Flashcards in Cellular Aspects of Ageing Deck (26):
What is 'normal ageing'?
The gradual and spontaneous changes that occur in maturation from infant to young adult, these changes create a normal physiological decline seen in middle and late adulthood
What are the consequences of ageing?
Reduced tissue/physiological function, decreased resistance to stress (physical and psychological) and increased susceptibility to disease (age-related diseases)
What different levels does ageing occur on?
Molecular, cellular, tissues and organ systems
What happens to the cells in cellular ageing?
Response to damage or stress can lead to apoptosis or arrested cell growth (senescence)
Why is there a balance between cancer prevention and ageing?
Apoptosis and senescence are mechanisms which prevent the development of cancer, but also work to facilitate ageing
What factors affect life expectancy?
Disease processes, medical treatment, lifestyle choices, nutrition, heredity
What are the two main groups of ageing theories?
Programmed theories (ageing has an internal biological clock) and error theories (ageing is a result of assaults that damage cells or organs so they no longer function properly)
What are telomeres?
Specialise DNA sequences at the end of chromosomes
What is the base sequence of telomeres?
What is the role of telomerase?
The enzyme which fills the gap in word down telomeres by attaching bases to the end of chromosomes
Describe the programmed senescence theory (telomeric theory of sensence) of ageing
Telomeres shorten with each cell division and when they become too short, this causes the cell to enter senescence; with ageing, telomerase levels decrease and the telomeres become shorter and shorter so more and more cells enter senescence
Describe the endocrine theory of ageing
Biological clocks act through hormones to control the pace of ageing, the hormones affect growth, metabolism, inflammation, stress and temperature
Describe the immunologic theory of ageing
A programmed decline in the immune system which leads to an increased vulnerability to disease, ageing and death
What is a free radical?
A molecule with an unpaired, highly reactive electron which works to grab electrons from any molecule in its vicinity and whilst doing this causes damage to the other molecule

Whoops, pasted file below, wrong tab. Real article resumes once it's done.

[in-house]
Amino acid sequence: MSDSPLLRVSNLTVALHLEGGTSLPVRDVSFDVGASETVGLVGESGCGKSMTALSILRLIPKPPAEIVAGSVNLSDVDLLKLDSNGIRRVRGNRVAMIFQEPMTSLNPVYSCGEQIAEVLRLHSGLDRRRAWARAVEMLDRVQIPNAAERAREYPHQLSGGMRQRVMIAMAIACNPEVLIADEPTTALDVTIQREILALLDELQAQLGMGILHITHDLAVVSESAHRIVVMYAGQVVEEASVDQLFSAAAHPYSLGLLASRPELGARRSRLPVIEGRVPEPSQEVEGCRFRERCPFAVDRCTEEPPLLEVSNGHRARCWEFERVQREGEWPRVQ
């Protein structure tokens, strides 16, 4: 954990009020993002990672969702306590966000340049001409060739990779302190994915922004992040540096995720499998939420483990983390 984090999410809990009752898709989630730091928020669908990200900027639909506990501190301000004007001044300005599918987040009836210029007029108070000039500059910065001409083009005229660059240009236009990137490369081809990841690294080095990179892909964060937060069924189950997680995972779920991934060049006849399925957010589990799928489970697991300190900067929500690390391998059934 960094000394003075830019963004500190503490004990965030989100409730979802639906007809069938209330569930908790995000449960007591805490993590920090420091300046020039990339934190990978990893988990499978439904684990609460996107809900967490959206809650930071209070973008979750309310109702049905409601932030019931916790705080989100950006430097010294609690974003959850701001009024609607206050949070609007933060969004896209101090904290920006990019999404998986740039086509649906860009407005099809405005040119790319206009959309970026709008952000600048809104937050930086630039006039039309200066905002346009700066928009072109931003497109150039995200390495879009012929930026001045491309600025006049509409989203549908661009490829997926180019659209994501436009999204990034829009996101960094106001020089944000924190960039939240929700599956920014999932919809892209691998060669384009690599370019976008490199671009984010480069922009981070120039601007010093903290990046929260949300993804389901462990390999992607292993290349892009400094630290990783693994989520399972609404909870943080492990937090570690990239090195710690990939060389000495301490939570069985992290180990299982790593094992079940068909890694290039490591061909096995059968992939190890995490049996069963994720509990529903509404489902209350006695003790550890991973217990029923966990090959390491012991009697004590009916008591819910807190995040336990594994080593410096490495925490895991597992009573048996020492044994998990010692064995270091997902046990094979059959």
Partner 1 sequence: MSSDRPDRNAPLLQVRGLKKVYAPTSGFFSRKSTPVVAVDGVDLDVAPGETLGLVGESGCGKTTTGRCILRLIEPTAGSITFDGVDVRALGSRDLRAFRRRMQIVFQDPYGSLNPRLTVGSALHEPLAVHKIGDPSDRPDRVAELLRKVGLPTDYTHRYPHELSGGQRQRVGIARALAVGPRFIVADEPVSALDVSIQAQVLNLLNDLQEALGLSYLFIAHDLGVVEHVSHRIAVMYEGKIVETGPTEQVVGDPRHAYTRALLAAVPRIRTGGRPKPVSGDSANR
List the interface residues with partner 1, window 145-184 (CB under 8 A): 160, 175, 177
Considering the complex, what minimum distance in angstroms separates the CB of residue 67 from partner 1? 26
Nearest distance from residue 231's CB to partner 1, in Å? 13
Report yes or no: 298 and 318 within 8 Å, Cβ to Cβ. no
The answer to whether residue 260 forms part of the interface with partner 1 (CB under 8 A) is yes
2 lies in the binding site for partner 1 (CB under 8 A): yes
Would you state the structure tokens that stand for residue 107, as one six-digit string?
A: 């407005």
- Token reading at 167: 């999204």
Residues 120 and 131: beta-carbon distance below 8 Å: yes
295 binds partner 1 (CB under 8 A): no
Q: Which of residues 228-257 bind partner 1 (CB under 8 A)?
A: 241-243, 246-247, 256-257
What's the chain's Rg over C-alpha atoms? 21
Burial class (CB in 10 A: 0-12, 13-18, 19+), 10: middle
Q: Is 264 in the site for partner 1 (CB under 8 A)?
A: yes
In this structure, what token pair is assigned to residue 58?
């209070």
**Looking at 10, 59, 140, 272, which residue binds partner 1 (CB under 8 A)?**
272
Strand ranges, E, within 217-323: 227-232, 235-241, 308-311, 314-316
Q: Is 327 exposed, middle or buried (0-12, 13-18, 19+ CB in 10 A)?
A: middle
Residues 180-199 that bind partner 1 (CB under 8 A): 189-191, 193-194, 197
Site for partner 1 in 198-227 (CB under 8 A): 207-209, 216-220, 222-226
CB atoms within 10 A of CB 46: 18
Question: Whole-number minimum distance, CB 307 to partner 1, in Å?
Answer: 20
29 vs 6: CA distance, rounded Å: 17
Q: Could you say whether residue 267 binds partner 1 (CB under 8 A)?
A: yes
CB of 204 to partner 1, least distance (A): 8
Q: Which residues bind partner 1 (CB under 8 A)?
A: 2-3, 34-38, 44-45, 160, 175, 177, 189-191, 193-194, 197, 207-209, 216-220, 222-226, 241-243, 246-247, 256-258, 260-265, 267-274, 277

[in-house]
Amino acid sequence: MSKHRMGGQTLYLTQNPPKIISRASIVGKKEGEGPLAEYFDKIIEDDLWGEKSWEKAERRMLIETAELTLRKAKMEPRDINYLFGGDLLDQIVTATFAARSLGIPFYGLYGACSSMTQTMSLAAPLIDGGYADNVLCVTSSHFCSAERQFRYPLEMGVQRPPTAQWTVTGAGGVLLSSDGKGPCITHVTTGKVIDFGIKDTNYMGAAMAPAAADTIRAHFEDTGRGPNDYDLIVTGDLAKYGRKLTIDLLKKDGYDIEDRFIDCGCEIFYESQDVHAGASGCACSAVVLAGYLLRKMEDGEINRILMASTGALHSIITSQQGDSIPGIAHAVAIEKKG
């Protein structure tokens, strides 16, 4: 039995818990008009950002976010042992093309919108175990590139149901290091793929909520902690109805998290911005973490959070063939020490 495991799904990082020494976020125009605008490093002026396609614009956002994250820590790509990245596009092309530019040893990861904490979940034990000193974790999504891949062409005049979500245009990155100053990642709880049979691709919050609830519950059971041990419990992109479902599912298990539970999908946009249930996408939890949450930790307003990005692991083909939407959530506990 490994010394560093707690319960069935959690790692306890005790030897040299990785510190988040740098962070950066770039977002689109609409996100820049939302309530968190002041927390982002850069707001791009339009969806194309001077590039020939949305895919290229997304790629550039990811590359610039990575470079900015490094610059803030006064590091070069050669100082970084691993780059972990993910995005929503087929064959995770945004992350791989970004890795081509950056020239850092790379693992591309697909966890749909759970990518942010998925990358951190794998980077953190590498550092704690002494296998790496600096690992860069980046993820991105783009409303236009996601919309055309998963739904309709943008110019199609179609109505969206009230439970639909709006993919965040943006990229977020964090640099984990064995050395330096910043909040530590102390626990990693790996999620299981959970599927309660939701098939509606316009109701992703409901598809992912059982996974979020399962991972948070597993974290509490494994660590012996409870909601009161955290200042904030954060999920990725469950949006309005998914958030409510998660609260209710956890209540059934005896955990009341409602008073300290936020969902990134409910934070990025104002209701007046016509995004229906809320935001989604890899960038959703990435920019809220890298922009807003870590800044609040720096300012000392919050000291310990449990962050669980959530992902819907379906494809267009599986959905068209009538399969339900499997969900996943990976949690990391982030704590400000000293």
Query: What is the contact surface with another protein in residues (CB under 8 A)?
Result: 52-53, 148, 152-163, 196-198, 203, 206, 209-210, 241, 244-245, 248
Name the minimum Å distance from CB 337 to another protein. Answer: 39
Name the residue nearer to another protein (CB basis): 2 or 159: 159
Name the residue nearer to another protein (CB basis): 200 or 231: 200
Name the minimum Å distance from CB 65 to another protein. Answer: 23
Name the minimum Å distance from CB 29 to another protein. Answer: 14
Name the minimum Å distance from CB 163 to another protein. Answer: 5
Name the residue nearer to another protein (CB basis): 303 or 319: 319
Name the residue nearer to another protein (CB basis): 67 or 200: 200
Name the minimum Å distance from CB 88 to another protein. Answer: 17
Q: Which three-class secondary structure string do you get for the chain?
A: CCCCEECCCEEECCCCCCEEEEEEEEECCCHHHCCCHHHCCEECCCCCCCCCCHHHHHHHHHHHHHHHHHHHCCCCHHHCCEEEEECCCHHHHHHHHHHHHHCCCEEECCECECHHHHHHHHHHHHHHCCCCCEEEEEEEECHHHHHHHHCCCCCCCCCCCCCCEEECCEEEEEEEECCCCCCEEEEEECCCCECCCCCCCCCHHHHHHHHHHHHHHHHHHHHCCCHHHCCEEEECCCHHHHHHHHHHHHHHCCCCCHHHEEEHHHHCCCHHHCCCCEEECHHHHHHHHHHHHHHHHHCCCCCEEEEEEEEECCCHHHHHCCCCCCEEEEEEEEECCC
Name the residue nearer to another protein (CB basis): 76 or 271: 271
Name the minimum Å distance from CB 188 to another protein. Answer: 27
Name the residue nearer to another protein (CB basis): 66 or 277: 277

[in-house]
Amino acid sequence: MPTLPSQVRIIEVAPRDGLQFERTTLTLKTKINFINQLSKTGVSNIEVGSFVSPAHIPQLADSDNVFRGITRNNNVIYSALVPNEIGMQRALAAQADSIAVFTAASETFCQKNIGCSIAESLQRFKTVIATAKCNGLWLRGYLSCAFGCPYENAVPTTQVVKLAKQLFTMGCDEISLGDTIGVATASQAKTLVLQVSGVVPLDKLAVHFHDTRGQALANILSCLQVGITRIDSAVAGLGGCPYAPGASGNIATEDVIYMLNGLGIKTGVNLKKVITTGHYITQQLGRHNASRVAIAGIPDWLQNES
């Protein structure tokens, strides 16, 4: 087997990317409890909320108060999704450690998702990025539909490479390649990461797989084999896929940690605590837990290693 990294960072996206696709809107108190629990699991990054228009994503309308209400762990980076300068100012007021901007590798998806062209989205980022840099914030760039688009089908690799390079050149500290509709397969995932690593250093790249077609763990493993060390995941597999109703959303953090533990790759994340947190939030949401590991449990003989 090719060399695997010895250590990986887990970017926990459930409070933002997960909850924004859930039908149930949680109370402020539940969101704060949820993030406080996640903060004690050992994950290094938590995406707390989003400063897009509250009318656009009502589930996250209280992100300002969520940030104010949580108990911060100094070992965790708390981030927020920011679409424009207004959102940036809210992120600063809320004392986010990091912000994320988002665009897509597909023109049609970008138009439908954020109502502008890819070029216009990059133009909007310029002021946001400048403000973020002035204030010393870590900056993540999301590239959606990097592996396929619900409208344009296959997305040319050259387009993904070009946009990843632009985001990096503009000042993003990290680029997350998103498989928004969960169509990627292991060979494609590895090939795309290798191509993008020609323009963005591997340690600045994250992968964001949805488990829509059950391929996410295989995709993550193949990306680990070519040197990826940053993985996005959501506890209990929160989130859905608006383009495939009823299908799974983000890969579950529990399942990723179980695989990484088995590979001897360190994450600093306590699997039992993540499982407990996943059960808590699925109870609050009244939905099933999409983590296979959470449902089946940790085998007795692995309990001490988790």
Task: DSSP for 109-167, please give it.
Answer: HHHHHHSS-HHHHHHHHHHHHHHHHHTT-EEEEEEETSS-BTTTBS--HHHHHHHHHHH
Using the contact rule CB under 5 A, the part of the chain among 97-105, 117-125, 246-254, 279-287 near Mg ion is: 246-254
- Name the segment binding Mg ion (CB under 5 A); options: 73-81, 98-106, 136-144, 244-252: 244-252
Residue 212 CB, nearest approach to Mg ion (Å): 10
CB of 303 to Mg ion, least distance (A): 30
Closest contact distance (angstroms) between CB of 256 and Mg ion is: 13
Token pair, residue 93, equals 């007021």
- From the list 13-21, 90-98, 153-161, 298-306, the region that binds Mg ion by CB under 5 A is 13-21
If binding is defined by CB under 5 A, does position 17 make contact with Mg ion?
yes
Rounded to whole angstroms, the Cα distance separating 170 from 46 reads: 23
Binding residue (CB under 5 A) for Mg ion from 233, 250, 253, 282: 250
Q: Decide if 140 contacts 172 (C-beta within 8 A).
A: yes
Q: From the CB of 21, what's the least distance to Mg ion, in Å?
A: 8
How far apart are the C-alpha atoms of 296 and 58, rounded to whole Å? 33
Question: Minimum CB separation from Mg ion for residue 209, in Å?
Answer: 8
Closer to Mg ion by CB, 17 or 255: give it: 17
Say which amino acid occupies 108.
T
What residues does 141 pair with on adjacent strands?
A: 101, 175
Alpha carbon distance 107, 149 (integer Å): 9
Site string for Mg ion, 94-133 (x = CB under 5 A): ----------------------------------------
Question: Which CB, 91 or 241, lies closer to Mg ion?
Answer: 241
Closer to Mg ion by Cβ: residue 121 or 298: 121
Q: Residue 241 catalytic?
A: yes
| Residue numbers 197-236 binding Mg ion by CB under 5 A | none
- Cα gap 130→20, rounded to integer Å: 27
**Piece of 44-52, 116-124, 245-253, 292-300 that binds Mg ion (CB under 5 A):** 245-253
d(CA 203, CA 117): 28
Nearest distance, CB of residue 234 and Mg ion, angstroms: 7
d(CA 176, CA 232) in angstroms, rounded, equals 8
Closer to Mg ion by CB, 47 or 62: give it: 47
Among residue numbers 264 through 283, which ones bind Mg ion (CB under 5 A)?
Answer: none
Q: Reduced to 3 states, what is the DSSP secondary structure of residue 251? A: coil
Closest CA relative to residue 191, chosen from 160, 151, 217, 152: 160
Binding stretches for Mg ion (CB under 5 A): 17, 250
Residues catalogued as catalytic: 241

What does the body have to defend against free radicals?
Natural antioxidants in the body e.g. Bilirubin, enzymes such as superoxide dismutase (SOD), catalase, and glutathione peroxidase and dietary antioxidants e.g. Vitamin E and C
Where are reactive oxygen species predominantly produced?
Mitochondria in oxidative phosphorylation
Describe the wear and tear theory of ageing
Years of damage to cells, tissues and organs eventually wears them out
Describe the rate of living theory of ageing
The greater an organisms basal metabolic rate, the shorter the life span
Describe the cross-linking theory of ageing
The accumulation of cross-linked proteins damages cells and tissue, and slows down bodily processes. There is loss of flexibility of connective tissue and there are micro vascular changes in arteries
Describe the catastrophe theory of ageing
Any damage to the enzyme systems that synthesise proteins in the body cause improper protein synthesis and these faulty proteins continue to accumulate until they reach a level which damages the cell/tissue. When enough damage accumulates, this may result in cell malfunctioning, which eventually leads to death
What is epigenetics?
Inherited and reversible modification to nucleotides or chromosomes that do not change the sequence but can alter gene expression
What heart changes occur with ageing?
Valves thicken and stiffen, number of pacemaker cells decrease, fatty and fibrous tissue increases around the SAN (can slow HR slightly), hypertrophy of left ventricle, heart may fill more slowly (therefore an increased role of atrial contraction is often required)
What changes in stem cells occur with ageing?
There is a decline in stem cell function with age, leading to stem cell exhaustion
How does the body's response to nutrients change with ageing?
•Nutrient sensing is a cell’s ability to recognise and respond to fuel substrates such as glucose but in old age, the homeostatic mechanisms involved in nutrient sensing decline which results in development of fat mass etc which have consequences for the development of other diseases e.g. Diabetes type II
How may calorie restriction improve life length?
Calorie restriction postpones senescence, and may also play a role in prevention of disease. There is some evidence that caloric restriction induces levels of some antioxidant enzymes and downregulates IGF-1